This year, following the overall theme of AZA2015, our interest is in future African cities. In architecture and urban design, the future – and particularly science fiction – is often treated warily, as though architects and urban designers are afraid to commit their vision to paper or stone. But in many ways, ‘science fiction’ might be better described as ‘speculative fiction’, since it may have nothing to do with science at all, but rather more tangible human endeavours such as our relationships to resources, the way we farm and the way we live and love – endeavours that at their heart are more cultural than scientific, less rational and predictable and more prone to change.
African cities are often seen as too preoccupied with the problems of the present to speculate on an uncertain – and probably terrifying – future. Some would even argue that African cities are the cities of the future, but in a ‘watch-out-don’t-let-it-happen-to-us’ kind of way. In recent years, however, a spate of popular and critical films have emerged from the continent (South African Neill Blomkamp’s District 9; Cameroonian Jean-Pierre Bekolo’s Le Présidente; Kenyan Wanuri Kahiu’s Pumzi, for example) that have turned the stereotype on its head. New films shot in Ethiopia, Namibia, South Africa and other African countries explore the complex history of rural landscapes vs. urban conglomerations; ancestry and tradition; past and present set against the future of space travel, alien life, and of course the ever-present shortages of water, energy and food. In Africa, trade and development happen through strange and wonderful combinations: the latest technology (fibre optic Internet cables, cellular phones that-can-access-anything-anywhere), juxtaposed against traditional networks of family relations, the African Diaspora, and a word-of-mouth system of exchange that operates highly effectively through people. African capitals have developed new systems of subsistence and communication, as described in publications such as Johannesburg: The Elusive Metropolis, (edited by Achille Mbembe & Sarah Nuttall). These stark juxtapositions have been a source of creative tension for artists across the broad cultural spectrum, including architecture.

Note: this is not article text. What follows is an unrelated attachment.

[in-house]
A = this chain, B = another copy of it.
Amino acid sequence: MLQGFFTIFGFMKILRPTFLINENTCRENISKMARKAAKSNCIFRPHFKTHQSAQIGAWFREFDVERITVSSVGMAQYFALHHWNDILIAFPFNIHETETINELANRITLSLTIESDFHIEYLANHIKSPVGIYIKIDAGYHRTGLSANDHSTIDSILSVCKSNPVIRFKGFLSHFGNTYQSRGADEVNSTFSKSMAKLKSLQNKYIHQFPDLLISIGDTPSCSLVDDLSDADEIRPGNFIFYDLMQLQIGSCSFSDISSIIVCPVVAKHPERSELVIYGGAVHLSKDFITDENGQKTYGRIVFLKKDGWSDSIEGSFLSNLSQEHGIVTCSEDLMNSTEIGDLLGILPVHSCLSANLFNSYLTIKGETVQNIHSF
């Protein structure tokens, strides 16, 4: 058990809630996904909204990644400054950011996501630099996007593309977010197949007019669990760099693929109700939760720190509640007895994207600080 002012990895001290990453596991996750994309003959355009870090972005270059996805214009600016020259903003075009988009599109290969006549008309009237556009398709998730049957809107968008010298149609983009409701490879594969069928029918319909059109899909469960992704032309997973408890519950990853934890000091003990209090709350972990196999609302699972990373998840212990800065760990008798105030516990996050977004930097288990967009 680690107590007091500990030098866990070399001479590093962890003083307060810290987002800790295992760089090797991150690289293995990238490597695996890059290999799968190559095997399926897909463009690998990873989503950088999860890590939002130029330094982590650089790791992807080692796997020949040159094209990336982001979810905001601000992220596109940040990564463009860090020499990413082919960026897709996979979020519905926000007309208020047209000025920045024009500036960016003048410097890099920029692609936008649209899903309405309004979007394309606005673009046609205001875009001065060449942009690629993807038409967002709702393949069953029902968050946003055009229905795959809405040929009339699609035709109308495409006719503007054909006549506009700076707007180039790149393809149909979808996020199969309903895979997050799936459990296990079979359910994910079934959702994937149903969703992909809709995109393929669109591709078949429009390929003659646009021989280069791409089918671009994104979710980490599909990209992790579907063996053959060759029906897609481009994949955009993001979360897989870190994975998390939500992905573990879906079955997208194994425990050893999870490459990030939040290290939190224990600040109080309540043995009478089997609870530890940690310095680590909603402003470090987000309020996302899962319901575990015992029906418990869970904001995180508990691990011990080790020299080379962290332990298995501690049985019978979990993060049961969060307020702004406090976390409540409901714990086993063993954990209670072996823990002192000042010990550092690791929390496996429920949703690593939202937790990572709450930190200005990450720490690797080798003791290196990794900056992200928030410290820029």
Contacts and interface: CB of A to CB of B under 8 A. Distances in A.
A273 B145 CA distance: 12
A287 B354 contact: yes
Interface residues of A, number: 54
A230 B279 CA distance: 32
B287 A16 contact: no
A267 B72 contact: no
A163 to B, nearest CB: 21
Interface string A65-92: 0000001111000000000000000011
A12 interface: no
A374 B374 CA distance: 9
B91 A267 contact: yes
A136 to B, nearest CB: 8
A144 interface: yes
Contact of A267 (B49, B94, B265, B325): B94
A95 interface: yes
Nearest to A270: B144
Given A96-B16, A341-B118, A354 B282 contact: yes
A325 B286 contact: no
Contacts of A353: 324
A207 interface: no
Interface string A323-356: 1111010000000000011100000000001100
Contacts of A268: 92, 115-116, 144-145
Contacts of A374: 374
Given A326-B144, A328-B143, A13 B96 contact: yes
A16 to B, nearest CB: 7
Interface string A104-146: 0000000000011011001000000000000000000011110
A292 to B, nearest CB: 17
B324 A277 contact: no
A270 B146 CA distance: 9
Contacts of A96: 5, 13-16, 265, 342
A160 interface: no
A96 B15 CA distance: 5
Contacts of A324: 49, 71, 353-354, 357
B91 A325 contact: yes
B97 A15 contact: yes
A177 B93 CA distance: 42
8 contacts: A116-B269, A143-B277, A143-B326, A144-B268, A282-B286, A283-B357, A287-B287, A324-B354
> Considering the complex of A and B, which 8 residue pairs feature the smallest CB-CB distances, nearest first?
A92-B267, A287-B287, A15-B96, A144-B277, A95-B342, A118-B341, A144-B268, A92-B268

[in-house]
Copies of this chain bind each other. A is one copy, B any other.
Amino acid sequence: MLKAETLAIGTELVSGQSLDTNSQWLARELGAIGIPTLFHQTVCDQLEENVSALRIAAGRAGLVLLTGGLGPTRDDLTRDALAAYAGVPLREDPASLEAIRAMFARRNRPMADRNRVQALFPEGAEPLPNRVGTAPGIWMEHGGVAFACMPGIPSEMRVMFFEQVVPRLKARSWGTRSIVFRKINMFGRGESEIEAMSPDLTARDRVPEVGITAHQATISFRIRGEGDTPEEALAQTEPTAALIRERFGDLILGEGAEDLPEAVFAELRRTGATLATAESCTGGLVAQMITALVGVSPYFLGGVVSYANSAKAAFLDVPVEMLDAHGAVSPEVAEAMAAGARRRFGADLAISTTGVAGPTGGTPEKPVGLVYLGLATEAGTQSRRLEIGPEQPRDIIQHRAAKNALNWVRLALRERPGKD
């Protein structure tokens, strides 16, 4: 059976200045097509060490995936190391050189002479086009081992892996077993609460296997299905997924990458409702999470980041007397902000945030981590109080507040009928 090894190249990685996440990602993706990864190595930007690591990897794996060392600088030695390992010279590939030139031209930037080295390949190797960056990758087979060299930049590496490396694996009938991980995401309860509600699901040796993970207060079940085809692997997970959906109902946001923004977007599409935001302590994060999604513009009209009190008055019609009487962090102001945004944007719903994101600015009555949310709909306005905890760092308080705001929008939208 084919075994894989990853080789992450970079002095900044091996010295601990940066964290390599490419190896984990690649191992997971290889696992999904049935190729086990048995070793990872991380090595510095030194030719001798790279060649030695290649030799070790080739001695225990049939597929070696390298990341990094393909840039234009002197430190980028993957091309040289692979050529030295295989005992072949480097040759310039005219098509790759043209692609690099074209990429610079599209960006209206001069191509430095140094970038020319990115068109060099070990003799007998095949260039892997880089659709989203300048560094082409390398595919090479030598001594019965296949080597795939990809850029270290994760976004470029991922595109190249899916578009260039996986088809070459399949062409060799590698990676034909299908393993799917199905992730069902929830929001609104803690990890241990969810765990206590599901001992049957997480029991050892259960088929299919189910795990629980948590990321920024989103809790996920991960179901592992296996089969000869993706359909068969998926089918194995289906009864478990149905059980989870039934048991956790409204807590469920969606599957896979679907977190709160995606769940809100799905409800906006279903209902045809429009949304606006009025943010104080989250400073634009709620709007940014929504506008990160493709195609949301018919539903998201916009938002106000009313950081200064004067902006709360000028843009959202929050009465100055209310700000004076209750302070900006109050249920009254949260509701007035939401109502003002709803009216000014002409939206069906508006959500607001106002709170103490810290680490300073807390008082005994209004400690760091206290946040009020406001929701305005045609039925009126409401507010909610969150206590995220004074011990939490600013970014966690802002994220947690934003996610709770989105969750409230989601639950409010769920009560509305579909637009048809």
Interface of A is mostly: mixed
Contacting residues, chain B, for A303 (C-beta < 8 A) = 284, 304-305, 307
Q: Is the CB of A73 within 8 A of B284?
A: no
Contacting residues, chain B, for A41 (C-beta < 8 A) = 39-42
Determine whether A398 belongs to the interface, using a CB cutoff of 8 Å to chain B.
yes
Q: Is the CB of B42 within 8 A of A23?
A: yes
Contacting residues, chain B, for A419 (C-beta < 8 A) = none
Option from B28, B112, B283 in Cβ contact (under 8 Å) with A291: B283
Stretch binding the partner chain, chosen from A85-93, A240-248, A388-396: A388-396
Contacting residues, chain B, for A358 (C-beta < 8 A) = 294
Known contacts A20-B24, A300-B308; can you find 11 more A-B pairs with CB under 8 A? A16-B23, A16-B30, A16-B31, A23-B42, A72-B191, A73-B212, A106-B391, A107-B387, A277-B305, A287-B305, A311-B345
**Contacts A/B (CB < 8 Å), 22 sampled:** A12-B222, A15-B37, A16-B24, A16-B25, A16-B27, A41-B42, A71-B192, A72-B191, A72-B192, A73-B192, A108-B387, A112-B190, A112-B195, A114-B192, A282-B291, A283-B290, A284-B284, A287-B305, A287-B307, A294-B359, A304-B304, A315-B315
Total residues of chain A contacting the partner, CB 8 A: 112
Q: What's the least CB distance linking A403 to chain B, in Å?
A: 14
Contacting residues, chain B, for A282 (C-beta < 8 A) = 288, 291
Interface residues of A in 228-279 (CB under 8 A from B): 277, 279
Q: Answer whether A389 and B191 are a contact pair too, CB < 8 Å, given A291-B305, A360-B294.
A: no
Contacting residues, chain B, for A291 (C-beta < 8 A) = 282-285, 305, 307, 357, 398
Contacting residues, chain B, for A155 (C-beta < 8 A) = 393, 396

THE BRIEF, WHAT IF… ?
Using the science/speculative fiction model, you are asked to imagine an AfricanFutureCity, based on a potent, creative mixture of extremely high densities; food and energy shortages; space travel and alien life forms. In your Future City, the history of ancestors, rural farming and tradition rub shoulders with as-yet-unimagined technologies, new forms of energy and survival. Your project should consider an overall sense of the large scale, but should zoom in on details of new, home-crafted solutions to basic resources such as food, water and energy, inspired by the vast library evident in science fiction cinematography, from David Lynch’s Dune or the Mad Max series to Ridley Scott’s classic, Blade Runner. Film has always been a medium of fascination for architects and this year, we are asking you to put aside the ‘traditional’ tools of architectural representation and design (plan, section and elevation) and explore the spatial qualities inherent in film. Your proposed AfricanFutureCity should be presented in cinematic format (either in film, animation or film stills) of no more than 9 minutes, accompanied by a single A1 drawing, for which a graphic template will be provided. You are also asked to construct (at any scale), an artefact/model that incorporates (or represents) some aspect of your film. This could be a section of a stage set; a time machine; a wearable body suit; a detail of a new housing typology – the only criteria is that it should be 3D and constructed/fabricated.
At least one of the judges will be a filmmaker. Registration details and competition rules will follow shortly.
(with thanks to Leon Krige for his essay, ‘African City of the Future’, which inspired the competition brief)